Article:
The dishwasher has been on the blink for a while now. It’s served us well these last three or four years, but we seem to be past needing it now. The kids are ten, nearly eight, nearly six, four, two and 9 months old. Most are big enough to pitch in and, when we work together, we can clean the kitchen in no time.
Last week, a few things I read seemed to be having a conversation with each other. All had to do with work.
“We live in a culture of instant happiness and comfort seeking… no-one is telling us to “buck up” get on with it.” When you are struggling with something we are taught to back away from the problem, find a quick fix, an appliance can do that job for you… or pay someone else to do the dirty work… “remember you really need a break.” –se7en :: Sunday Snippet: Life Lessons Learnt on the Mountains
So, you see, we really are not in despair about the dishwasher. The value of learning how to get on without it and just do the work is too precious.
“We’re raising future men who know how to work and future women who know how to dig deep and kids who know that you’ve got to have dirt under your fingernails to plant good things and procrastination can be a sin that sends you only a lot of sorrow.
It’s worth living a life so you’re kids can see it: there’s a lot of happiness in this world that depends on being brave enough to keep working when it’d be easier to quit.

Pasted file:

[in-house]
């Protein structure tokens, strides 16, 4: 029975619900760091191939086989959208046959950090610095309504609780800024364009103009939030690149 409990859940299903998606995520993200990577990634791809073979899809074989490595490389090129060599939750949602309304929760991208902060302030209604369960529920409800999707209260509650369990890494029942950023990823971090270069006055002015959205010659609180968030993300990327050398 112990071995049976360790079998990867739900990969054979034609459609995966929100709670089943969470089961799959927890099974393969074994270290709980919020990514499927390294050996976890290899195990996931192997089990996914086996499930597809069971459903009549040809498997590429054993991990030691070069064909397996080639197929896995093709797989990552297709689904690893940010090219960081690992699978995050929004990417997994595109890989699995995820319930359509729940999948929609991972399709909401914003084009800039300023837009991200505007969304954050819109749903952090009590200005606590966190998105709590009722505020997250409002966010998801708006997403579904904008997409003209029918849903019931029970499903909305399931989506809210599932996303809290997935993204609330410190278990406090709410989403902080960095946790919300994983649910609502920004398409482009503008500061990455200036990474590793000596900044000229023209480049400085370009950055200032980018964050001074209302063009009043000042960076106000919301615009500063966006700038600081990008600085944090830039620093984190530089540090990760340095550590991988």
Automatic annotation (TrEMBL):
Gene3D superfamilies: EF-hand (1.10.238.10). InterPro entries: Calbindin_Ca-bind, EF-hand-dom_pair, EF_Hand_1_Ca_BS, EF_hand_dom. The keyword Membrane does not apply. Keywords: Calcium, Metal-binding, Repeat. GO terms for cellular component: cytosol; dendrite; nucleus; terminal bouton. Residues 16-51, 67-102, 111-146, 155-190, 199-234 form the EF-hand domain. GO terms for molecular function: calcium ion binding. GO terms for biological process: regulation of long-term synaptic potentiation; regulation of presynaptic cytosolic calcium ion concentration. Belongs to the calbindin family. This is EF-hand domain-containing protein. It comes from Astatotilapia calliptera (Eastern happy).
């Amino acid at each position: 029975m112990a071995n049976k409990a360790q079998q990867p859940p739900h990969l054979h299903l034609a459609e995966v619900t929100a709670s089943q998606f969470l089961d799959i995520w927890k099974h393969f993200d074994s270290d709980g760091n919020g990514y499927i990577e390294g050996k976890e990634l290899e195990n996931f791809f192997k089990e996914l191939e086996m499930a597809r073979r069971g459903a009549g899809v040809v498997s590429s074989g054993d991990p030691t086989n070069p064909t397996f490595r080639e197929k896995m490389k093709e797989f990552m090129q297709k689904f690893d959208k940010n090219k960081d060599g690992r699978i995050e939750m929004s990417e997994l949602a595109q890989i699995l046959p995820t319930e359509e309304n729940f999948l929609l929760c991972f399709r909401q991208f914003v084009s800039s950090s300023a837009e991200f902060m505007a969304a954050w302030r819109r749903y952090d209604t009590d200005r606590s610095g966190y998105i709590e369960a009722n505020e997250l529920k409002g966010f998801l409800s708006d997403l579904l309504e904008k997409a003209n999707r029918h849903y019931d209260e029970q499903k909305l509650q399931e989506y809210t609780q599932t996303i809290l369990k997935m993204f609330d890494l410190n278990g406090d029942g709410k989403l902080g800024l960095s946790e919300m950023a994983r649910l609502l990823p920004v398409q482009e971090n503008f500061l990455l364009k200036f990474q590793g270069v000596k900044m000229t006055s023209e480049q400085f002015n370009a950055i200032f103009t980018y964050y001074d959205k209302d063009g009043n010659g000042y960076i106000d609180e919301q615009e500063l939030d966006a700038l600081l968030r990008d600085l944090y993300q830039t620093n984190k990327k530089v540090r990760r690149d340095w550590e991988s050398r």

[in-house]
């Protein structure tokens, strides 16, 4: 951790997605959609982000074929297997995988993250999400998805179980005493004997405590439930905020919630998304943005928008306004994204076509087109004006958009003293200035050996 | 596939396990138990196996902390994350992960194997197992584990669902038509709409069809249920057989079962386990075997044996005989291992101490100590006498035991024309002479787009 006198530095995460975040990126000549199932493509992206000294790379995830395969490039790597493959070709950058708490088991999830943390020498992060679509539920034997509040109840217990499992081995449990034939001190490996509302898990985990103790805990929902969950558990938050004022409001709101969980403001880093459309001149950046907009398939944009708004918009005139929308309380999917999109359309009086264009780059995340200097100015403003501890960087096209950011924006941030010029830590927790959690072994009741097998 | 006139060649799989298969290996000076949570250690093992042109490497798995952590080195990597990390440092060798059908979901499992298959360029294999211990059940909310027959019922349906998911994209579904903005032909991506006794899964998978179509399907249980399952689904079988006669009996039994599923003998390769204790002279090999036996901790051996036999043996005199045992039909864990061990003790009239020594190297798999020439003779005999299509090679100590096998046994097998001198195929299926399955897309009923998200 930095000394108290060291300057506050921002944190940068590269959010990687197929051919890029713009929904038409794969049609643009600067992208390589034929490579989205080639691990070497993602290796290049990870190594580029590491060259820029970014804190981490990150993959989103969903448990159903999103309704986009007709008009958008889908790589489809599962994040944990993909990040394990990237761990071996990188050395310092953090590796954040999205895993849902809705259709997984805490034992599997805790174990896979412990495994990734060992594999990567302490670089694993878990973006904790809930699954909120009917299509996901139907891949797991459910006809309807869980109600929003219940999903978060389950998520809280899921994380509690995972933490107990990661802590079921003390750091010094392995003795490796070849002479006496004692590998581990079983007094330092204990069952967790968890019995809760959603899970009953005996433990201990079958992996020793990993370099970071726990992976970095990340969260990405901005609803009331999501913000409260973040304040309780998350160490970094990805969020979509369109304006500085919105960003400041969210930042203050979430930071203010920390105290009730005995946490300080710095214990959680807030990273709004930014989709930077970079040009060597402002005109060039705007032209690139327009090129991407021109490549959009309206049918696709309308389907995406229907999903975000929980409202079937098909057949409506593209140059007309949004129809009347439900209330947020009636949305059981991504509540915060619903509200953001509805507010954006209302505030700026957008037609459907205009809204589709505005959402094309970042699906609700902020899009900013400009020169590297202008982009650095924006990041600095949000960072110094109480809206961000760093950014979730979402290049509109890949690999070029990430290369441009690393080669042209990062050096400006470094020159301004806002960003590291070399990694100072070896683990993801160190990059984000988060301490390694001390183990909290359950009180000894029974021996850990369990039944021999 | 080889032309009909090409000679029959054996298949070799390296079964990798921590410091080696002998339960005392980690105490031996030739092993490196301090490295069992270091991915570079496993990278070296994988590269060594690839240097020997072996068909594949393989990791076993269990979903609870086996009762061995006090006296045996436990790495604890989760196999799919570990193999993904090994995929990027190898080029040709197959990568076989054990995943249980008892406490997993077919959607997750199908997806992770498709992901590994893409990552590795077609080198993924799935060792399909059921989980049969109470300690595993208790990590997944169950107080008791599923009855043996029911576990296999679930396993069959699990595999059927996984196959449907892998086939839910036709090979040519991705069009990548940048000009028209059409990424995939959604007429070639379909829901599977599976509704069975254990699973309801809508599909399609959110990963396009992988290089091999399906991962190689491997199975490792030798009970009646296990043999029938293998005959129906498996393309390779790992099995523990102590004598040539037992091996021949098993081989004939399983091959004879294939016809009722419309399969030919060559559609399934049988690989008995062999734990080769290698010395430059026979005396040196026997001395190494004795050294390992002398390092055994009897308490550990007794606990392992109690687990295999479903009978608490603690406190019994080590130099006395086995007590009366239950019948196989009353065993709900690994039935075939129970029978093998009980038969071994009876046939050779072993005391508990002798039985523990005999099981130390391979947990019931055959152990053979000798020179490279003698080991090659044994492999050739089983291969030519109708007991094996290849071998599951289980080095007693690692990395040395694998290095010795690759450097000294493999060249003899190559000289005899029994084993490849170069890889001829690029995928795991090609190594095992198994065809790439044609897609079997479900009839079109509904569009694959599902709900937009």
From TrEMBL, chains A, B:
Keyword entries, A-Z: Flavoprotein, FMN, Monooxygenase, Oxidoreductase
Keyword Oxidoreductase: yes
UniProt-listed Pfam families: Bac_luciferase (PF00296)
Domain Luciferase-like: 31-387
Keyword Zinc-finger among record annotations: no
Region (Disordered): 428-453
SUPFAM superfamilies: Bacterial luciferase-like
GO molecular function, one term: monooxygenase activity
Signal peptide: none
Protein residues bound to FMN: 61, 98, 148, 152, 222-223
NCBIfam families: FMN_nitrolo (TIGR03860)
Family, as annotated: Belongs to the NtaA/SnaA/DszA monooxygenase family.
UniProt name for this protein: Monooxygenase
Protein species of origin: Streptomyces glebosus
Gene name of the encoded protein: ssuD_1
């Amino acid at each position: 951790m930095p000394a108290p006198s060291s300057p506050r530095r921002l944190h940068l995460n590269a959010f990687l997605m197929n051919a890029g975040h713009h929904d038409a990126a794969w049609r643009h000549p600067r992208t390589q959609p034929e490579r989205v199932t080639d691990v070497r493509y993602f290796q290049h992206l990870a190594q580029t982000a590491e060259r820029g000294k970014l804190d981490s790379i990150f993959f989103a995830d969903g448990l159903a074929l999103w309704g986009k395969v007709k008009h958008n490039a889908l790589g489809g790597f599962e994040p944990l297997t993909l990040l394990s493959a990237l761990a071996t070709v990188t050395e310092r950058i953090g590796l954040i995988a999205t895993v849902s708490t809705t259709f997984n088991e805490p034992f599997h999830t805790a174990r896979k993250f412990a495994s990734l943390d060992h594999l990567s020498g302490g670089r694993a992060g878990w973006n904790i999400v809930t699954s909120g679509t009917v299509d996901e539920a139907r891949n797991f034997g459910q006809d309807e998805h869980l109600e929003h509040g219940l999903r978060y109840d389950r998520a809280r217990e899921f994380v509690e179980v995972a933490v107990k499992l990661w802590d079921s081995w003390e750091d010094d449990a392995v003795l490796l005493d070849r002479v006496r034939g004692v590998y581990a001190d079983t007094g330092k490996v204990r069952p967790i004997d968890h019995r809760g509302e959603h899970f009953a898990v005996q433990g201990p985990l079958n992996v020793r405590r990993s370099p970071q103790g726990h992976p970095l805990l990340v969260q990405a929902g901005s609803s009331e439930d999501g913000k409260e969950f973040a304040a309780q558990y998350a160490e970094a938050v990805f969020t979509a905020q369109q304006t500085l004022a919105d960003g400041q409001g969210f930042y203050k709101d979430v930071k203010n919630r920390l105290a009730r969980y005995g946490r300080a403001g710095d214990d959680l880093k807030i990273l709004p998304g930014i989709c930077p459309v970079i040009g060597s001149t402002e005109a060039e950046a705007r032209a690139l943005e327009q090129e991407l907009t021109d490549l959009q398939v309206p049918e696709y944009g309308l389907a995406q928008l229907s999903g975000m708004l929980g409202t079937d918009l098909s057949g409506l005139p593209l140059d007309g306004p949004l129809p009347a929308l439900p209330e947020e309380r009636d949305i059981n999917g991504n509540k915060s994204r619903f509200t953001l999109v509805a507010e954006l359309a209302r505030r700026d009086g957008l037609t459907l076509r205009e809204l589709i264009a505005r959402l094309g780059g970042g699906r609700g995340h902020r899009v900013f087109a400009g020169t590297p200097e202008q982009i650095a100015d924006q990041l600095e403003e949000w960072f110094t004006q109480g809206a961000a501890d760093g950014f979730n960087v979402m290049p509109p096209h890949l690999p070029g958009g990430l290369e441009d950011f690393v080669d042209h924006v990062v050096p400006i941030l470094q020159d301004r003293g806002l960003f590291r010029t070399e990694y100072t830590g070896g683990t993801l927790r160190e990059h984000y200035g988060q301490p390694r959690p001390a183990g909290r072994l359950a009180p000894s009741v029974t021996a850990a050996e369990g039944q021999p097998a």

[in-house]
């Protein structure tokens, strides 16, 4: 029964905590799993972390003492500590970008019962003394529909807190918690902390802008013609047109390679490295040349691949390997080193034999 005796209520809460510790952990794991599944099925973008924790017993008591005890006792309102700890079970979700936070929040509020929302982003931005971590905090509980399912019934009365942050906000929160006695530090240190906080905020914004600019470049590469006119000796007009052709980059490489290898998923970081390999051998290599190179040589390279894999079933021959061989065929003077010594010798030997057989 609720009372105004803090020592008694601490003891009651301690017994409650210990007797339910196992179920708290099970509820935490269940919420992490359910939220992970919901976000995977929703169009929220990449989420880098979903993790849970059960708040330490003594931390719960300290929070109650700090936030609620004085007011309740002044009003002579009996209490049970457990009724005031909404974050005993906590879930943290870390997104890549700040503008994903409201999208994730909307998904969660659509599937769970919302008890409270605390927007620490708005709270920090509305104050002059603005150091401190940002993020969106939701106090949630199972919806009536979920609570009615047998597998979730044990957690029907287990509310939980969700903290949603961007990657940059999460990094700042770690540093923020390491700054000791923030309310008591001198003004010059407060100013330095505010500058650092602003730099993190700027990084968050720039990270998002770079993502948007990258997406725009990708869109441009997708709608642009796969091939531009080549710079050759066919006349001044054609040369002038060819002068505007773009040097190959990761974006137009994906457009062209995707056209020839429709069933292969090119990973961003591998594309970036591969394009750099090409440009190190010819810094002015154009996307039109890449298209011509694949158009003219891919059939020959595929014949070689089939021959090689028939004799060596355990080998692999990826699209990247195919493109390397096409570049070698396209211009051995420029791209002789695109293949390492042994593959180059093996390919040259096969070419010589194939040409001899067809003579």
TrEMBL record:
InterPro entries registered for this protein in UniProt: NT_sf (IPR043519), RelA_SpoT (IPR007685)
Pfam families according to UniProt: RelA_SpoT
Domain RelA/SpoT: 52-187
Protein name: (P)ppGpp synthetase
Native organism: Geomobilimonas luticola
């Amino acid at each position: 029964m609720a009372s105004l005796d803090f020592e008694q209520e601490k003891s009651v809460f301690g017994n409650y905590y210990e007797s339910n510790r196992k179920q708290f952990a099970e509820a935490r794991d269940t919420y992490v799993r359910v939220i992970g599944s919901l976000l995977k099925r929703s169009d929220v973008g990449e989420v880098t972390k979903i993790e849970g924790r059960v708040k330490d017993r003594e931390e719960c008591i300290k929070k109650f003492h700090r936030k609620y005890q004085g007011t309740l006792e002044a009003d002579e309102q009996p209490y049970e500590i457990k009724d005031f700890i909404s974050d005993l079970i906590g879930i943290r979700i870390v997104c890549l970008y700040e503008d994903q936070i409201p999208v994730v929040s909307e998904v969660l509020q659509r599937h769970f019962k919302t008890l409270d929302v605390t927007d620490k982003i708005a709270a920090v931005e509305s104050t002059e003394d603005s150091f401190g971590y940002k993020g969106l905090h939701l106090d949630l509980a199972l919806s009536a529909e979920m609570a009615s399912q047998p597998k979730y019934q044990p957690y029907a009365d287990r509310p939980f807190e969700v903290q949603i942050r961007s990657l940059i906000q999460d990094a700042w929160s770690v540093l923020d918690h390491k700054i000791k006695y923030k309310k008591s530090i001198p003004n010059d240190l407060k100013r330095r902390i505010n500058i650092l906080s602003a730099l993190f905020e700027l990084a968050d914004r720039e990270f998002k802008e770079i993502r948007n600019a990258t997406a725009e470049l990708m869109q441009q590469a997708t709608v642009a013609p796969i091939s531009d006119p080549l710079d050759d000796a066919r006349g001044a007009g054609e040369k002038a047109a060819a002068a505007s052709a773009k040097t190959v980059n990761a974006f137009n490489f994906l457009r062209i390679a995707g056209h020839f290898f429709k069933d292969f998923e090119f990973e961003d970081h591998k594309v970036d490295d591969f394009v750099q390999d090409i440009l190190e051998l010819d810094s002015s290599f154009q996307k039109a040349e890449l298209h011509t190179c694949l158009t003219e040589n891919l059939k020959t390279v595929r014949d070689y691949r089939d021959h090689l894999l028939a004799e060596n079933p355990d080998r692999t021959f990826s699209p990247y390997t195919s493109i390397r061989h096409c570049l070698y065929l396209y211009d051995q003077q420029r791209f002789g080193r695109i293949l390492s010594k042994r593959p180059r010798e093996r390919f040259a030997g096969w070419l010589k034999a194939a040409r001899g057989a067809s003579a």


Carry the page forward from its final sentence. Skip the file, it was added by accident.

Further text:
A simple thing, it may seem, to grow a carrot. But adults (not just kids) need to know and feel and see these processes.
“Good work takes many different forms. Farmers, carpenters, teachers, and tax attorneys can achieve rational mastery in their own distinctive ways in their own specific fields. In common parlance, we might call this “expertise.” In Aristotelian terms, it could be seen as a rarified form of the virtue of prudence. This explains why being good at our jobs is not just necessary, but also enjoyable. Prudence, as Aristotle tells us, is pleasant. The exercise of rational mastery is fulfilling in a way that few other things are.
“Alienation theory examines how workplace conditions can artificially separate workers from those elements of the job that are naturally fulfilling. Marx worried especially about unskilled, assembly-line jobs, wherein workers perform repetitive tasks as part of a larger operation. In this environment, workers’ relationships to the final products of their labor are distant and heavily mediated. They are unable to take pride in what they produce, and they feel distanced from those rational, human powers that should be developed through work. Pushing a button over and over is work that could be done by a machine; thus, when humans do it, they feel “dehumanized,” as if they were only cogs in an industrial machine. Their humanity is subordinated to the company’s pursuit of profit.” –The Public Discourse :: The Pleasures of Prudence: How Over-Regulation Hurts Doctors, Teachers, and All Workers
All these ideas seem to me like common sense. Otherwise I wouldn’t do what I do. May be it’s not so common any more. I often see parents shielding their children from real life and work.
Some may feel sorry for my children doing dishes. I would feel sorry for them if they grew up and didn’t know how to conquer their own laziness or tiredness; be a teamplayer, not a grumbler; and feel that pride at being part of a job and knowing what it takes to get it done.
Olivia is a Capetonian who blogs at easyupstream.wordpress.com where she looks at the world and its ways, society and the culture, and how strong a pull these have on how we live. Follow Olivia on Twitter – @OliviaLang.